Sonic Displacement, Sonic Placemaking: The Poetics of Diaspora in Yoko Tawada, Jessica Hagedorn, M.I.A., and Cathy Park Hong


Mellon/ACLS Dissertation Completion Fellowships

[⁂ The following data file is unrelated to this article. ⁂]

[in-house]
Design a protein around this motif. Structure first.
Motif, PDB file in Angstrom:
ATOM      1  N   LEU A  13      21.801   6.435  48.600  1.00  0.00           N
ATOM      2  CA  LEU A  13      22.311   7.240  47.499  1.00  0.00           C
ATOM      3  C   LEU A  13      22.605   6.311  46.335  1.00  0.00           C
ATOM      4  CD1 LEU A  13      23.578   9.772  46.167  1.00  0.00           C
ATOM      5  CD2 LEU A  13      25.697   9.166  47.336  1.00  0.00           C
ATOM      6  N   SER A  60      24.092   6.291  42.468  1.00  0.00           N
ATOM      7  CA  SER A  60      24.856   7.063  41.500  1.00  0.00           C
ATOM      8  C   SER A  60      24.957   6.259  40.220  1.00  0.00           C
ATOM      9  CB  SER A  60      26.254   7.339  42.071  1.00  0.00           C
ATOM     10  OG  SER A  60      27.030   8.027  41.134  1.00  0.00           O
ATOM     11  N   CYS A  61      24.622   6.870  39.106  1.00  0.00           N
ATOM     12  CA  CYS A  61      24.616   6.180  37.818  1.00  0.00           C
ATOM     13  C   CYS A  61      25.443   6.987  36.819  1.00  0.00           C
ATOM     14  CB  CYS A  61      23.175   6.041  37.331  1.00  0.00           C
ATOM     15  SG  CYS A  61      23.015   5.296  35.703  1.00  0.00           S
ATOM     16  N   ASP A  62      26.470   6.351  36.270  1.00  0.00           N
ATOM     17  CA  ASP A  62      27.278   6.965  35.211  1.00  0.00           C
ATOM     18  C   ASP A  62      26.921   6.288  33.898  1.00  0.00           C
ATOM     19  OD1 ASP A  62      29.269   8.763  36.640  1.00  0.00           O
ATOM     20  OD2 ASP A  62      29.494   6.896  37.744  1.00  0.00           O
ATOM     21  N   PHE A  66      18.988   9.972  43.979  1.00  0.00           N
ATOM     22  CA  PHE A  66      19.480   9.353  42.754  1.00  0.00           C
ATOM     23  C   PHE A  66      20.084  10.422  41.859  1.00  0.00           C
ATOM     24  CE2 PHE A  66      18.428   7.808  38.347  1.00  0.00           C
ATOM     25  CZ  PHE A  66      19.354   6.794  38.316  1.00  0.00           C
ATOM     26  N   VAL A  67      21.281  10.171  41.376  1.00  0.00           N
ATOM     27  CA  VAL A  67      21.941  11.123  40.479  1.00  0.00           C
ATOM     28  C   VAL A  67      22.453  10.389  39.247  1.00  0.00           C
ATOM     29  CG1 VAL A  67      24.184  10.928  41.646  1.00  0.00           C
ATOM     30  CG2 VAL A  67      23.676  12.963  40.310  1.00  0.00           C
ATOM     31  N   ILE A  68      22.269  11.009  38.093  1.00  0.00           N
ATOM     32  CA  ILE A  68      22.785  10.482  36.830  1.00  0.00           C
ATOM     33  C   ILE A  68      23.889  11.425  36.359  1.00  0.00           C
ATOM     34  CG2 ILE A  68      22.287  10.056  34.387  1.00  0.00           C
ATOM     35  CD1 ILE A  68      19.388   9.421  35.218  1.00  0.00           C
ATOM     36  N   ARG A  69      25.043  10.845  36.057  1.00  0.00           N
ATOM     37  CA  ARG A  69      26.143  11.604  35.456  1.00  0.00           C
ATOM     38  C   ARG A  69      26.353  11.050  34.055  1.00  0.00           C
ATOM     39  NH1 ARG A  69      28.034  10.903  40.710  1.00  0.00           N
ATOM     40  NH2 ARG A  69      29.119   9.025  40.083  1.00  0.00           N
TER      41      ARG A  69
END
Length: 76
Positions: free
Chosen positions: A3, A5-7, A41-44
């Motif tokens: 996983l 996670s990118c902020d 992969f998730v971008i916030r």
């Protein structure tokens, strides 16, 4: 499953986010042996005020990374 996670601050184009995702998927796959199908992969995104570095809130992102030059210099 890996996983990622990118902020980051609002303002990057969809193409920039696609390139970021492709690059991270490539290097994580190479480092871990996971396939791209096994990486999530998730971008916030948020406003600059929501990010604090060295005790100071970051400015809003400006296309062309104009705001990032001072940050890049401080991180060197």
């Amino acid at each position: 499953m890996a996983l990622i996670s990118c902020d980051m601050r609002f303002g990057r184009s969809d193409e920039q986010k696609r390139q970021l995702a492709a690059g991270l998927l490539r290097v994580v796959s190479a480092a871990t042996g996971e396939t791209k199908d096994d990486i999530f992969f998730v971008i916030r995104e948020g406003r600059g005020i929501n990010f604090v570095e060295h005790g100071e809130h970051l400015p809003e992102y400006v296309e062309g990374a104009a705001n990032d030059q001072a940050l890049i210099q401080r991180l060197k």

This project investigates the relationship between literature, sound, and displacement in the work of Asian diasporic writers. Combining sound studies practices with a phenomenological approach to literary texts, the study listens closely to the sonic irruptions within Jessica Hagedorn’s Filipino-American immigrant punk-rock novel “The Gangster of Love”; Sri Lankan/British rapper M.I.A.’s first and second albums “Arular” and “Kala”; Korean-American poet Cathy Park Hong’s patois-inventing, book-length sequence “Dance Dance Revolution”; and selected essays, poems, and stories of the Japanese-German author Yoko Tawada. In developing new readings of diasporic texts—readings that argue for the indispensability of diasporic literature within a larger literary and social discourse—the project also seeks to contribute toward a new critical framework for reading sound in literature, one that foregrounds sonic irruptions and the ways in which they can be heard as sites of rupture in hegemonies of language.